A blog on the life and work of John Dos Passos (1896-1970)
The Sense of Place
In all his work, whether it was a miniature biography or reportage for Life, Dos Passos displayed an interest in where people came from, in their sense of place and belonging, and in how their origins shaped their lives. Perhaps this reflected the uncertainties he had faced in his own early life, his own sense of displacement, the fact that, as he said in Camera Eye 18 of The 42nd Parallel, he ‘wished he was home but hadn’t any home.’ No piece of his writing is more magical in this respect than his tribute to localism in “The Baker of Almorox,” a small village he visited on his first, defining trip to Spain in 1916:
“As [the baker] talked in his slow deferential way, a little conscious of his volubility before strangers, there began to grow in my mind a picture of his view of the world.
First came his family, the wife whose body lay beside his at night, who bore him children, the old withered parents who sat in the sun at his door, his memories of them when they had had strong rounded limbs like his, and of their parents sitting old and withered in the sun. Then his work, the heat of his ovens, the smell of bread cooking, the faces of neighbors who came to buy; and, outside, in the dim penumbra of things half real, of travellers’ tales, lay Madrid, where the king lived and where politicians wrote in the newspapers,—and Francia—and all that was not Almorox…. In him I seemed to see the generations wax and wane, like the years, strung on the thread of labor, of unending sweat and strain of muscles against the earth. It was all so mellow, so strangely aloof from the modern world of feverish change, this life of the peasants of Almorox. Everywhere roots striking into the infinite past. For before the Revolution, before the Moors, before the Romans, before the dark furtive traders, the Phœnicians, they were much the same, these Iberian village communities. Far away things changed, cities were founded, hard roads built, armies marched and fought and passed away; but in Almorox the foundations of life remained unchanged up to the present. New names and new languages had come. The Virgin had taken over the festivals and rituals of the old earth goddesses, and the deep mystical fervor of devotion. But always remained the love for the place, the strong anarchistic reliance on the individual man, the walking, consciously or not, of the way beaten by generations of men who had tilled and loved and lain in the cherishing sun with no feeling of a reality outside of themselves, outside of the bare encompassing hills of their commune, except the God which was the synthesis of their souls and of their lives.”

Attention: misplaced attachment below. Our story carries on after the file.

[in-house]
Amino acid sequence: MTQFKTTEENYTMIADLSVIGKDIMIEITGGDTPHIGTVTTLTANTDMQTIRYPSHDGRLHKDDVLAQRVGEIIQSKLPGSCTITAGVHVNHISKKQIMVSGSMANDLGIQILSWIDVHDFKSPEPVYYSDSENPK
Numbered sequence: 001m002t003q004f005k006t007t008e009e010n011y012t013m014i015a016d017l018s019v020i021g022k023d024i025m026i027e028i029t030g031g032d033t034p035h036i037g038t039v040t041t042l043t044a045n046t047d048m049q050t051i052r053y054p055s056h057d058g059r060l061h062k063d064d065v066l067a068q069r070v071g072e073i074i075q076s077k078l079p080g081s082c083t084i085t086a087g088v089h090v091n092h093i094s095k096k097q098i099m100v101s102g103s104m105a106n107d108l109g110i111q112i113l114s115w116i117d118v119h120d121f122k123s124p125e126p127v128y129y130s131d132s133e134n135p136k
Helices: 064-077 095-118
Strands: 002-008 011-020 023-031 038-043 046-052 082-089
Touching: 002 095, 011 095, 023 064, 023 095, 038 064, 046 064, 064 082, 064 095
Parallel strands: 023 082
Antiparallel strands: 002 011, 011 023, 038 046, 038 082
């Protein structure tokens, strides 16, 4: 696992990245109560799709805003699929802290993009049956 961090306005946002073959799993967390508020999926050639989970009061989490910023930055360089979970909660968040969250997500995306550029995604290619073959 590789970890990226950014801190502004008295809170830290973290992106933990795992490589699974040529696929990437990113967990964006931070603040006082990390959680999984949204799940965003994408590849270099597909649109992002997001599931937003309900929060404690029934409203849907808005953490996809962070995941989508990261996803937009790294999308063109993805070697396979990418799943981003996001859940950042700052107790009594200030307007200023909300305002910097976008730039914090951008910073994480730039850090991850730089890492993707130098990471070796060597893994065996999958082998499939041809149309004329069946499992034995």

~John Dos Passos, excerpt from ‘The Baker of Almorox,’ Chapter 3 of Rosinante to the Road Again (1922)